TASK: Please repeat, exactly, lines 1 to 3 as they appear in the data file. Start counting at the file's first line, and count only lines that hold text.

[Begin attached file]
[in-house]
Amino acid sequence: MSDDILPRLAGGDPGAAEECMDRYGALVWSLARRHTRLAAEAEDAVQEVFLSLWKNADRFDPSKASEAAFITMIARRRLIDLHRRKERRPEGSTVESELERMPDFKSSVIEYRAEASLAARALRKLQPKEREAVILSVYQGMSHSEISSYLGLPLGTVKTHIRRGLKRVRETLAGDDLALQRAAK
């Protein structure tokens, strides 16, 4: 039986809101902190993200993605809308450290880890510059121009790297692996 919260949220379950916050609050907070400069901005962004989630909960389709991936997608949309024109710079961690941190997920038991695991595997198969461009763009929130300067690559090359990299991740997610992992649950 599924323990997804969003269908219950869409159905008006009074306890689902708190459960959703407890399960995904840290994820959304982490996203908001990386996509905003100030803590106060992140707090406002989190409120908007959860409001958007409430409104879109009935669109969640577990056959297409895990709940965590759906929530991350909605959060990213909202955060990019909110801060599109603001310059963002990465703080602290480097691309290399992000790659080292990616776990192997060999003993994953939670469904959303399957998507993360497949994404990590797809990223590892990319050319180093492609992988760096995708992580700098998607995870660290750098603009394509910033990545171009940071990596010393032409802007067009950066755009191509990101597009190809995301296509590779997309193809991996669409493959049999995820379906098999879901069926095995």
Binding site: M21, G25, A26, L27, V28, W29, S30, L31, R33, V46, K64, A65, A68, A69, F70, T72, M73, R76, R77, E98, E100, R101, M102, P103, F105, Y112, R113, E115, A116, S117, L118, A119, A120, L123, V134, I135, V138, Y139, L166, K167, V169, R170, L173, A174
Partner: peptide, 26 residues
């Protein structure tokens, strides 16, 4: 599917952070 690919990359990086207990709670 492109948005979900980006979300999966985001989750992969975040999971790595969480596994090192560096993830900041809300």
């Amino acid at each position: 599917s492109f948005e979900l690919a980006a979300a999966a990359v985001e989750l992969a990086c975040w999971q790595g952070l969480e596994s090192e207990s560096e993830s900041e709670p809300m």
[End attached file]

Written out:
[in-house]
Amino acid sequence: MSDDILPRLAGGDPGAAEECMDRYGALVWSLARRHTRLAAEAEDAVQEVFLSLWKNADRFDPSKASEAAFITMIARRRLIDLHRRKERRPEGSTVESELERMPDFKSSVIEYRAEASLAARALRKLQPKEREAVILSVYQGMSHSEISSYLGLPLGTVKTHIRRGLKRVRETLAGDDLALQRAAK
């Protein structure tokens, strides 16, 4: 039986809101902190993200993605809308450290880890510059121009790297692996 919260949220379950916050609050907070400069901005962004989630909960389709991936997608949309024109710079961690941190997920038991695991595997198969461009763009929130300067690559090359990299991740997610992992649950 599924323990997804969003269908219950869409159905008006009074306890689902708190459960959703407890399960995904840290994820959304982490996203908001990386996509905003100030803590106060992140707090406002989190409120908007959860409001958007409430409104879109009935669109969640577990056959297409895990709940965590759906929530991350909605959060990213909202955060990019909110801060599109603001310059963002990465703080602290480097691309290399992000790659080292990616776990192997060999003993994953939670469904959303399957998507993360497949994404990590797809990223590892990319050319180093492609992988760096995708992580700098998607995870660290750098603009394509910033990545171009940071990596010393032409802007067009950066755009191509990101597009190809995301296509590779997309193809991996669409493959049999995820379906098999879901069926095995």